By Joanna Smiley
It’s no understatement to say Laura Fitch has dedicated her life to the philosophy of cohousing — not only through her architecture career, but because she has lived in a cohousing community for nearly 20 years. The model, which encourages togetherness and elements of both private and communal living, is becoming more popular among young families, retirees, and students, making it an ideal opportunity for intergenerational connection.
It’s hard to miss Fitch Architecture & Community Design’s Amherst office.
The space is nestled inside a sun-drenched building at the entrance of Pioneer Valley Cohousing, a 22-acre stretch of private homes clustered around a communal space.
Laura Fitch, a principal with the company, helped design the community, which has garnered attention as the East Coast’s first cohousing development. Fitch herself has lived in Pioneer Valley Cohousing for nearly 20 years.
“I grew up in Concord, Mass.,” she explained. “We had Thoreau and Walden, and I lived in a sort of cluster subdivision where we shared green space and community land and resources. It left an impact on me.”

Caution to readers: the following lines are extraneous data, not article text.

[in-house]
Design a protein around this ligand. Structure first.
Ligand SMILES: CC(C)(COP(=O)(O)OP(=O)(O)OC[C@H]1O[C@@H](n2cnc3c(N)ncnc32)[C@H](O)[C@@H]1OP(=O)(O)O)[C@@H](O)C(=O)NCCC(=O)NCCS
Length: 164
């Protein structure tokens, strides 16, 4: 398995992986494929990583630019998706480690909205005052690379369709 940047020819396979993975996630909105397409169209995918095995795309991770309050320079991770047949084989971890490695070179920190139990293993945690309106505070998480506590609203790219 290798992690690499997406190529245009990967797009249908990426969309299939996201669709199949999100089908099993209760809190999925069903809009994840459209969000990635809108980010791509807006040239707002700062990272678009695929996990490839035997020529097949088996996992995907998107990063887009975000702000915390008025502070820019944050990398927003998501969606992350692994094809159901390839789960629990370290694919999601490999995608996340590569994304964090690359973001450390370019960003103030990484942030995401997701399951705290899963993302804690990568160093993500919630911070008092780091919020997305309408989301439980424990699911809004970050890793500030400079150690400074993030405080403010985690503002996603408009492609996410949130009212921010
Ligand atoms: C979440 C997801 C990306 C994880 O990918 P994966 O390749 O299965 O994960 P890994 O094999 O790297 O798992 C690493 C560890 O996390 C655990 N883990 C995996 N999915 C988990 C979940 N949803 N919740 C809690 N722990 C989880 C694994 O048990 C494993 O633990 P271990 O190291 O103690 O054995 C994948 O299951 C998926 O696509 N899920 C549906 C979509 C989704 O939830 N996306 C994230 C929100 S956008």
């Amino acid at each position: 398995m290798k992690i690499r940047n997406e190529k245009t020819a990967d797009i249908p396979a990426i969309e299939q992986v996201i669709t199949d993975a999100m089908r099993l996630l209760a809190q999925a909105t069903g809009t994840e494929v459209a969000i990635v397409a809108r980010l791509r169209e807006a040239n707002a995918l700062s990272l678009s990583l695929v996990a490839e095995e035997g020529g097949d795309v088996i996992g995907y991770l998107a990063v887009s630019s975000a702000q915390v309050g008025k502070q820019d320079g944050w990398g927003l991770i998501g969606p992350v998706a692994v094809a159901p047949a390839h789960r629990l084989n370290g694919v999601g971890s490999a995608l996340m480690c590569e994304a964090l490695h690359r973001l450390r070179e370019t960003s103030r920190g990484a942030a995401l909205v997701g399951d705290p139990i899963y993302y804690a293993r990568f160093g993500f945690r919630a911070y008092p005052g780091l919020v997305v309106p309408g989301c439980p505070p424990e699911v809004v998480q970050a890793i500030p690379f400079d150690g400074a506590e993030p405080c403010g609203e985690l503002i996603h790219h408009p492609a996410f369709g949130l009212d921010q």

A past board member of the Cohousing Assoc. of the U.S., Fitch first learned about cohousing during a trip to Denmark in 1980, the country where the concept was first developed.
That knowledge was followed by a stint with Peace Corps in Mali, West Africa in 1984, an experience that built in her a desire to seek out socially and ecologically responsible projects — and which partly explains why cohousing has become the heart and soul of her firm.
Houses in most cohousing communities range anywhere from 600-1,400 square feet. A complex typically includes a shared community room, where group meals are served several times a month, prepared by community members on a rotating basis. At Pioneer Valley Cohousing, members are encouraged to eat together twice a week. A 4,200-square-foot common house includes a communal multi-purpose room, commercial kitchen, children’s playroom, two guest rooms, and additional recreational space.